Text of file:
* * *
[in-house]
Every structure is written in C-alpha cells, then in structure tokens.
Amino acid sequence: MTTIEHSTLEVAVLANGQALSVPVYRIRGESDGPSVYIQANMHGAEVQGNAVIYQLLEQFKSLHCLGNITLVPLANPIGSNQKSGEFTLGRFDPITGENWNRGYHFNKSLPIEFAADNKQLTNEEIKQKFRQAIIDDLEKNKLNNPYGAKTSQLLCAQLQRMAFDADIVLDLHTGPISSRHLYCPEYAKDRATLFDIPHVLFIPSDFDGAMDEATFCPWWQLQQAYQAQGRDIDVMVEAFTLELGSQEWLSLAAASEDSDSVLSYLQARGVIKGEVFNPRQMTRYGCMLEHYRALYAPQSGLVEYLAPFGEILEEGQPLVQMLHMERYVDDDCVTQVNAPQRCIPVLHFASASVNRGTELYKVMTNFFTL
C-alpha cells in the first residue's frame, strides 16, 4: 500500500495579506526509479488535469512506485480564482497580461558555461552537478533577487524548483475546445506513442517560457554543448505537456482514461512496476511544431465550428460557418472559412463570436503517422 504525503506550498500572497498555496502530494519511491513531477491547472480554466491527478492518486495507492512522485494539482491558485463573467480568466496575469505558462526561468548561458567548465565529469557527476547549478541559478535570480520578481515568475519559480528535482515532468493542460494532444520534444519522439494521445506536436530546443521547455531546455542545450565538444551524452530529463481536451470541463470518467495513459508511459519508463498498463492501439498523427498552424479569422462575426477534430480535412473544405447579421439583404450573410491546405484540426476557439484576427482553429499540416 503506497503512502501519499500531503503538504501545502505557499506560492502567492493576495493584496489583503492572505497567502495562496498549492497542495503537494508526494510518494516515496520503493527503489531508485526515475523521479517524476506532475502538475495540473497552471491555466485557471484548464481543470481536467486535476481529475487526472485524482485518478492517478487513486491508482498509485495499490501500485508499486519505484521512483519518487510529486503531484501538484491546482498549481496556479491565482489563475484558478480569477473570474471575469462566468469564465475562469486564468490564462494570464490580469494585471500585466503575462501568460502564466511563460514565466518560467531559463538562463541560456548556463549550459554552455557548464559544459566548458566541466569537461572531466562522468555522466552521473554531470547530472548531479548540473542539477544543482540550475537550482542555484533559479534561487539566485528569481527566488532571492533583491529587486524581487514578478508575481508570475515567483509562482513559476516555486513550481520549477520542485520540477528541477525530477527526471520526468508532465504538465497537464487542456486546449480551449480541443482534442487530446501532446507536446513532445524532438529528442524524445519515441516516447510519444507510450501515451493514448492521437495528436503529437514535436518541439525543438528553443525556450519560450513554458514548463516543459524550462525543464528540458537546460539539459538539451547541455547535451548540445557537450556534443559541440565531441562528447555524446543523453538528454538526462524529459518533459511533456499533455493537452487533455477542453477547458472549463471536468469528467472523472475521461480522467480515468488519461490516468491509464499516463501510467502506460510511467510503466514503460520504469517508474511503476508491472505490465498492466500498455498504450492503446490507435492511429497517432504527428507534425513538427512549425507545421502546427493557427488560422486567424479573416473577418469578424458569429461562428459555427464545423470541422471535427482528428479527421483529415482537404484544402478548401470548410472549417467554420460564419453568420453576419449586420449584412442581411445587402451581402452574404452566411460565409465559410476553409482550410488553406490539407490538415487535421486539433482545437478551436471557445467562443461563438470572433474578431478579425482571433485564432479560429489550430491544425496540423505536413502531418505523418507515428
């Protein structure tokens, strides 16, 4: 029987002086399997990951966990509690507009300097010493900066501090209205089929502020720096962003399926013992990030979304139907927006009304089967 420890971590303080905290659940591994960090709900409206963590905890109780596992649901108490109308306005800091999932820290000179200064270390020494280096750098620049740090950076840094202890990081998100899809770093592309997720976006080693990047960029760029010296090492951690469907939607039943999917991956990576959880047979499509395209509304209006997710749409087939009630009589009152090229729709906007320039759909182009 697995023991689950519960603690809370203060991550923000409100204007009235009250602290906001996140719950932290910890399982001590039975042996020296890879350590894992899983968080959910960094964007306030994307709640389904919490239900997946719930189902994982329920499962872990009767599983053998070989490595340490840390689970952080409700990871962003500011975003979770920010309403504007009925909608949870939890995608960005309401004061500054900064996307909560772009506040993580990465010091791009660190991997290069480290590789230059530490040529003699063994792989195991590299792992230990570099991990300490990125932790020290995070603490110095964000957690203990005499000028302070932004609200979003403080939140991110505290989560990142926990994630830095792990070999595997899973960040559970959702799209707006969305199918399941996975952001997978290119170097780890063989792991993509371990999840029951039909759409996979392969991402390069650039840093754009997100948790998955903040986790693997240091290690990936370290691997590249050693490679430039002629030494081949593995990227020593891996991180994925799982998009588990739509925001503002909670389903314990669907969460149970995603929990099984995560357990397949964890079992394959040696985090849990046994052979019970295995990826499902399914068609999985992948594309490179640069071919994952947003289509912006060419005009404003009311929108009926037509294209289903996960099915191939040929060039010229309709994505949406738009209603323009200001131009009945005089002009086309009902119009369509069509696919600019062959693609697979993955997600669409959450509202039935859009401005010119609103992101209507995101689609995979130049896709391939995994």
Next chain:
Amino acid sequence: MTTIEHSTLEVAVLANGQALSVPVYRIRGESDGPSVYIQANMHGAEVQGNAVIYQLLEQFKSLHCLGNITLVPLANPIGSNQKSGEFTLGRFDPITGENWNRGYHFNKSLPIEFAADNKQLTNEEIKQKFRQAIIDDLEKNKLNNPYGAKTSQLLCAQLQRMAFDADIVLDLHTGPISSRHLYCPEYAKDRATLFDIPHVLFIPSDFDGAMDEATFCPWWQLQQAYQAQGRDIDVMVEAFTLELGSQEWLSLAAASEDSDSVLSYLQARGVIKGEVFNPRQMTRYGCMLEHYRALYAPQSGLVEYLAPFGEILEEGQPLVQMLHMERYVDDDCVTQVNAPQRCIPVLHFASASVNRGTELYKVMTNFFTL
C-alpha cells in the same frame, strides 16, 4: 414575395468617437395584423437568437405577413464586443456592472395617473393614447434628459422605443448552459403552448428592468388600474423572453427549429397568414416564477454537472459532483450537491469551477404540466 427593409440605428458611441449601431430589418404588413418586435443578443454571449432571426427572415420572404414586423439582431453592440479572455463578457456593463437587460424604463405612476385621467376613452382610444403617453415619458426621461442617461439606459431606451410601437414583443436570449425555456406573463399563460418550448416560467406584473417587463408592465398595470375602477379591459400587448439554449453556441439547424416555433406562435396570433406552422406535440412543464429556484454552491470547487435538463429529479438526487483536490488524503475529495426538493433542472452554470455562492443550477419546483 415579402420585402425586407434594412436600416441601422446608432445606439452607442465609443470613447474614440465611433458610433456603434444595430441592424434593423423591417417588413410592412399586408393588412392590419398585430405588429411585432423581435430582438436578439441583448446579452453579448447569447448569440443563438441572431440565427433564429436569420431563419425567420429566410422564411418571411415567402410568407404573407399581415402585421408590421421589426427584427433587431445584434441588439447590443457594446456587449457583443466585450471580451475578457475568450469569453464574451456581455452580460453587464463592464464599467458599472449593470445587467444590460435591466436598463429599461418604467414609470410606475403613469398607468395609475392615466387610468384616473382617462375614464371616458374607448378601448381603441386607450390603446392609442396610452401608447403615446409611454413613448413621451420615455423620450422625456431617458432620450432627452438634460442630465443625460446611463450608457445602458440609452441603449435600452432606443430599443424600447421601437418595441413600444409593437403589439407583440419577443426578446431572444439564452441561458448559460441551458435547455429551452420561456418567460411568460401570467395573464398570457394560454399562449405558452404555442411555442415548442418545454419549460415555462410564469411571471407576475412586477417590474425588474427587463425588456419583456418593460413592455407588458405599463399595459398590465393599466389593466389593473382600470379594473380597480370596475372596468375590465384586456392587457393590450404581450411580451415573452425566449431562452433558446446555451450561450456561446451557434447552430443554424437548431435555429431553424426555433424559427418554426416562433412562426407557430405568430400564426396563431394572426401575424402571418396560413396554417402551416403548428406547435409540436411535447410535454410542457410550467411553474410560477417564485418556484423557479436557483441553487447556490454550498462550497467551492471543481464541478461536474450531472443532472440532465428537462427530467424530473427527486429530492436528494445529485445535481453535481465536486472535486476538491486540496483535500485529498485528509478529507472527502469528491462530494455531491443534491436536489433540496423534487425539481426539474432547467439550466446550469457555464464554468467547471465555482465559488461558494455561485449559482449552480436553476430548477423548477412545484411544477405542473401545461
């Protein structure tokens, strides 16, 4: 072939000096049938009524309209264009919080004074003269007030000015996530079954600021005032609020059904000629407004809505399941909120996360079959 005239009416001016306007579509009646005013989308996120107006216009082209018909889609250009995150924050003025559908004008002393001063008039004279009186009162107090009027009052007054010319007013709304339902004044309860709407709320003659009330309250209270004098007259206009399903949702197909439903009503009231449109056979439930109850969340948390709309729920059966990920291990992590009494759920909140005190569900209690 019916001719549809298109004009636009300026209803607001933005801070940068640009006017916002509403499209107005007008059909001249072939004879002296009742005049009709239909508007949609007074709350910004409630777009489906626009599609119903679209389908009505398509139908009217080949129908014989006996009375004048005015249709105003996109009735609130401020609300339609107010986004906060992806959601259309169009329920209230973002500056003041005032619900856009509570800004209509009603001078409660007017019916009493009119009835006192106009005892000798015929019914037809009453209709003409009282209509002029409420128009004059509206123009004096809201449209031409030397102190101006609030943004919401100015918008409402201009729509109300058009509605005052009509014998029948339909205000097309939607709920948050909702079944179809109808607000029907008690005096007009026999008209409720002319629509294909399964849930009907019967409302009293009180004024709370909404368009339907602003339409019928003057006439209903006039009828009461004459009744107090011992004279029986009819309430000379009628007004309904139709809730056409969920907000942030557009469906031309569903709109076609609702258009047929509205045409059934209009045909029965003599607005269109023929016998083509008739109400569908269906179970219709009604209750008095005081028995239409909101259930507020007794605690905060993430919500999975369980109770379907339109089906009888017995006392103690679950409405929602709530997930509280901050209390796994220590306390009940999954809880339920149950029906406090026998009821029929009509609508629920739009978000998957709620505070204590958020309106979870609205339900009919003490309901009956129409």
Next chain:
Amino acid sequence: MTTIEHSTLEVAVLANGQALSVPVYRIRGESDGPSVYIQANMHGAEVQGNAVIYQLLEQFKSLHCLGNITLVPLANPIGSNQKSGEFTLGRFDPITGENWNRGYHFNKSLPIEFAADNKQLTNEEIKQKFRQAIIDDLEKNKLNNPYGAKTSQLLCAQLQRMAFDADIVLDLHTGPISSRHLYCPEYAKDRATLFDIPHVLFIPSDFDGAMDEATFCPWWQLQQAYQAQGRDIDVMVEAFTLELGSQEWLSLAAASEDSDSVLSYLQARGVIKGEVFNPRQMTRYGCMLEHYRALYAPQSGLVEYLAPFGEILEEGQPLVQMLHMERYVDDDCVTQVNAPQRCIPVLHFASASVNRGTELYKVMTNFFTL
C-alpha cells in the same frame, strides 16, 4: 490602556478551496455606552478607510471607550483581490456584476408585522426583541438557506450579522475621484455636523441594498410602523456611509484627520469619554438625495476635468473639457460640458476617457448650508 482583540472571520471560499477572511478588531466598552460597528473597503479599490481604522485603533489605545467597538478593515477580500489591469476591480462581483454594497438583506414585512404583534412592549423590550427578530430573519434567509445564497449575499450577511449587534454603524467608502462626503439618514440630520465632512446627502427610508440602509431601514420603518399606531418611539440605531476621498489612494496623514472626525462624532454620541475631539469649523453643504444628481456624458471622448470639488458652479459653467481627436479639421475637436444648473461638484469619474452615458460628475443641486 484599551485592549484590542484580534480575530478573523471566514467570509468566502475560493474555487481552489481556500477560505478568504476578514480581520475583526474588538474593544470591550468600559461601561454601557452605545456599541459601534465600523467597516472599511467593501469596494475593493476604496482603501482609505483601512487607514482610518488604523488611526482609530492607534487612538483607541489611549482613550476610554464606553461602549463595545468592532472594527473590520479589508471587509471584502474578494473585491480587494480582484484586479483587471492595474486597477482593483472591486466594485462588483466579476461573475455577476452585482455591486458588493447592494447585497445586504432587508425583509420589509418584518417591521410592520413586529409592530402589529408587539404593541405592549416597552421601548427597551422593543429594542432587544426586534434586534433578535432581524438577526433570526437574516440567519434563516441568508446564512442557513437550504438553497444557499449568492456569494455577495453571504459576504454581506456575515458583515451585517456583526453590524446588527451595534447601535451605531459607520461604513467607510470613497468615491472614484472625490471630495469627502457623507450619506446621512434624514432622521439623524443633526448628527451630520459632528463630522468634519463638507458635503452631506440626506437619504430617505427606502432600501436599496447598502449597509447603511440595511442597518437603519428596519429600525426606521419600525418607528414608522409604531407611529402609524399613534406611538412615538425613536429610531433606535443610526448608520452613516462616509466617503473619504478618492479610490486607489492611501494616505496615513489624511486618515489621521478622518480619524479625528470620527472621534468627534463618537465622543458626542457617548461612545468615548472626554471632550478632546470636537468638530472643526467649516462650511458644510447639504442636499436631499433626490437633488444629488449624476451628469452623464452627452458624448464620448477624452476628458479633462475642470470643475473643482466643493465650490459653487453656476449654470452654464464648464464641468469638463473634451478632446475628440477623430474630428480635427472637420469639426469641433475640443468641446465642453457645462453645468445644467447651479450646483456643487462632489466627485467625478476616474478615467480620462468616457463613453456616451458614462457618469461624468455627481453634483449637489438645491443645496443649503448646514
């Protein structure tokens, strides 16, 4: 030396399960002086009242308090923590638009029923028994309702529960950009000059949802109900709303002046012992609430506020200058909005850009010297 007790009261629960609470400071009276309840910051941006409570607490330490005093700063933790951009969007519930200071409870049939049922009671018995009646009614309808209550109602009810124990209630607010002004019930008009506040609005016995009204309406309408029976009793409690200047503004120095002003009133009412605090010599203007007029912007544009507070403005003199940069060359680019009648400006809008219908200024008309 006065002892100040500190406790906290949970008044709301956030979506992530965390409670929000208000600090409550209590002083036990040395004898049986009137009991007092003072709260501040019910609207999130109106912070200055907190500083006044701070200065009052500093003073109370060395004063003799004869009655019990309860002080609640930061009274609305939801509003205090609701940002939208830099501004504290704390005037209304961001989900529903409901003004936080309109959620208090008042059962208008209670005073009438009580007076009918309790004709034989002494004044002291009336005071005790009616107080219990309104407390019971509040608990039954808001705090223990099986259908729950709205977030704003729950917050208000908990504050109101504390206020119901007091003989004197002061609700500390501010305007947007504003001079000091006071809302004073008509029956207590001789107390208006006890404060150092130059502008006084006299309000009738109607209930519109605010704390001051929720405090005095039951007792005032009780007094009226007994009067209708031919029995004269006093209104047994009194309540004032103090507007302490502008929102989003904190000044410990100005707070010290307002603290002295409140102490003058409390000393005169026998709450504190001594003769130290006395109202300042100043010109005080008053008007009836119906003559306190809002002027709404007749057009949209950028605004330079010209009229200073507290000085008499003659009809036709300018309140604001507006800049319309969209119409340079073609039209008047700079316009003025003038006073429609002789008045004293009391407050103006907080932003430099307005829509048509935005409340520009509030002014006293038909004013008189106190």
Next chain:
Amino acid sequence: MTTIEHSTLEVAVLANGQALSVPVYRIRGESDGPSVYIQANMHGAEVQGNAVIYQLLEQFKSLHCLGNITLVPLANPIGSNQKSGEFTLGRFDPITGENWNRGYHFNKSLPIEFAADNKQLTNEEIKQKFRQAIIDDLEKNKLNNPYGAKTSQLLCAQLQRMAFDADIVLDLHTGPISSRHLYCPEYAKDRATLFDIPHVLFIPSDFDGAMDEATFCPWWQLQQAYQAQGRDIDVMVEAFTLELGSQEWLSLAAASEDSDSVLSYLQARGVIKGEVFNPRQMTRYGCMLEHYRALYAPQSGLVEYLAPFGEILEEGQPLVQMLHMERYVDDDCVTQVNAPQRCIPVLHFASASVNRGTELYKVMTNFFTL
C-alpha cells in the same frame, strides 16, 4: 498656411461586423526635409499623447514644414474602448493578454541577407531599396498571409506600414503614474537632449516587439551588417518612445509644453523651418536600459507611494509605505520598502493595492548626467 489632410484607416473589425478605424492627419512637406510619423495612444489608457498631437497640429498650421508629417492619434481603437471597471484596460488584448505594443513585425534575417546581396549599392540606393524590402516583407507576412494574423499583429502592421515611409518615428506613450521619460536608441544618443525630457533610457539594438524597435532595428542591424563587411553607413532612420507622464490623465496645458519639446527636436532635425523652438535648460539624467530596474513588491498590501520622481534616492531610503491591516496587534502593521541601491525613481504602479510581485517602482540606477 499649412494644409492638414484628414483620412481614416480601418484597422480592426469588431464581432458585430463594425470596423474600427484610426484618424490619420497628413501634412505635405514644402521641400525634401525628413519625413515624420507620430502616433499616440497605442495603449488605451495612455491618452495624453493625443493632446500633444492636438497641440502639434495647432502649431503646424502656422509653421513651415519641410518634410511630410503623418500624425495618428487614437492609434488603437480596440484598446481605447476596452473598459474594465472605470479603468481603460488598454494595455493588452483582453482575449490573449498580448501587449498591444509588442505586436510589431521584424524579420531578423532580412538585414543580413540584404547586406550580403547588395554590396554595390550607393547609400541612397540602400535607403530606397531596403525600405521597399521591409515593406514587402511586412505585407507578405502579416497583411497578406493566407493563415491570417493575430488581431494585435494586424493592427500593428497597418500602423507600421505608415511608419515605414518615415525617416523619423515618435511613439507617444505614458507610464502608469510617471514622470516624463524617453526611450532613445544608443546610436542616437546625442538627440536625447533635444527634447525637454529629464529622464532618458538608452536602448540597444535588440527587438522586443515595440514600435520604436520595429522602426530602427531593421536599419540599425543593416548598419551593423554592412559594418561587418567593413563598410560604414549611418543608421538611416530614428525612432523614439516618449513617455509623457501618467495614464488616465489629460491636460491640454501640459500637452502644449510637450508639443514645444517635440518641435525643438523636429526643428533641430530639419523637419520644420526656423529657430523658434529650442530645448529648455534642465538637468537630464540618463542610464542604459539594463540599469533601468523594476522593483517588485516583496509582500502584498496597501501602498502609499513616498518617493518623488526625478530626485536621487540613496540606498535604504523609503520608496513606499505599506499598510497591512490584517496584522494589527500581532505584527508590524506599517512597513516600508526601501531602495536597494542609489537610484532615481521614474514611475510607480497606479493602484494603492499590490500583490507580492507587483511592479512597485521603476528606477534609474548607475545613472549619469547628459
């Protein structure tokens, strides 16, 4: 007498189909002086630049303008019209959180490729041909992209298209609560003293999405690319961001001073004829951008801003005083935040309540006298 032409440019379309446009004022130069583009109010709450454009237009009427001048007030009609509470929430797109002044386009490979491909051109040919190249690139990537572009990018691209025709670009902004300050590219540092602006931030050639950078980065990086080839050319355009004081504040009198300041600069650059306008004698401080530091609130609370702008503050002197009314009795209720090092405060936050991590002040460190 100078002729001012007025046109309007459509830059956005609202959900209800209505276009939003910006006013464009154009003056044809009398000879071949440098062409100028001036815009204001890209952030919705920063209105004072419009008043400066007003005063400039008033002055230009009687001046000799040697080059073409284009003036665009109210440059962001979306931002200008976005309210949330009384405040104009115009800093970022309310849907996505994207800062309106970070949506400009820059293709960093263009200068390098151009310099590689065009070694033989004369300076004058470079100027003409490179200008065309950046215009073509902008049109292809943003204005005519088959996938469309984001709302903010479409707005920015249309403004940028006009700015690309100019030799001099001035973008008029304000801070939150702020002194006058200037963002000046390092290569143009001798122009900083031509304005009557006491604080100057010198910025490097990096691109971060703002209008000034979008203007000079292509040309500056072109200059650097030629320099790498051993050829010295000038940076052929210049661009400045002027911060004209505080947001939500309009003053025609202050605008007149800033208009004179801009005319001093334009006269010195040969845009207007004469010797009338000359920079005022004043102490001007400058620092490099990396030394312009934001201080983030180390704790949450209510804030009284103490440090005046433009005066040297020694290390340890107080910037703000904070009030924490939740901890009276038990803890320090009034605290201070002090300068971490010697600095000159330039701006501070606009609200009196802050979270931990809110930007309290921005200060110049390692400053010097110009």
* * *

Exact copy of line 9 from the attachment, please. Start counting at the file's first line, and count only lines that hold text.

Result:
């Protein structure tokens, strides 16, 4: 072939000096049938009524309209264009919080004074003269007030000015996530079954600021005032609020059904000629407004809505399941909120996360079959 005239009416001016306007579509009646005013989308996120107006216009082209018909889609250009995150924050003025559908004008002393001063008039004279009186009162107090009027009052007054010319007013709304339902004044309860709407709320003659009330309250209270004098007259206009399903949702197909439903009503009231449109056979439930109850969340948390709309729920059966990920291990992590009494759920909140005190569900209690 019916001719549809298109004009636009300026209803607001933005801070940068640009006017916002509403499209107005007008059909001249072939004879002296009742005049009709239909508007949609007074709350910004409630777009489906626009599609119903679209389908009505398509139908009217080949129908014989006996009375004048005015249709105003996109009735609130401020609300339609107010986004906060992806959601259309169009329920209230973002500056003041005032619900856009509570800004209509009603001078409660007017019916009493009119009835006192106009005892000798015929019914037809009453209709003409009282209509002029409420128009004059509206123009004096809201449209031409030397102190101006609030943004919401100015918008409402201009729509109300058009509605005052009509014998029948339909205000097309939607709920948050909702079944179809109808607000029907008690005096007009026999008209409720002319629509294909399964849930009907019967409302009293009180004024709370909404368009339907602003339409019928003057006439209903006039009828009461004459009744107090011992004279029986009819309430000379009628007004309904139709809730056409969920907000942030557009469906031309569903709109076609609702258009047929509205045409059934209009045909029965003599607005269109023929016998083509008739109400569908269906179970219709009604209750008095005081028995239409909101259930507020007794605690905060993430919500999975369980109770379907339109089906009888017995006392103690679950409405929602709530997930509280901050209390796994220590306390009940999954809880339920149950029906406090026998009821029929009509609508629920739009978000998957709620505070204590958020309106979870609205339900009919003490309901009956129409």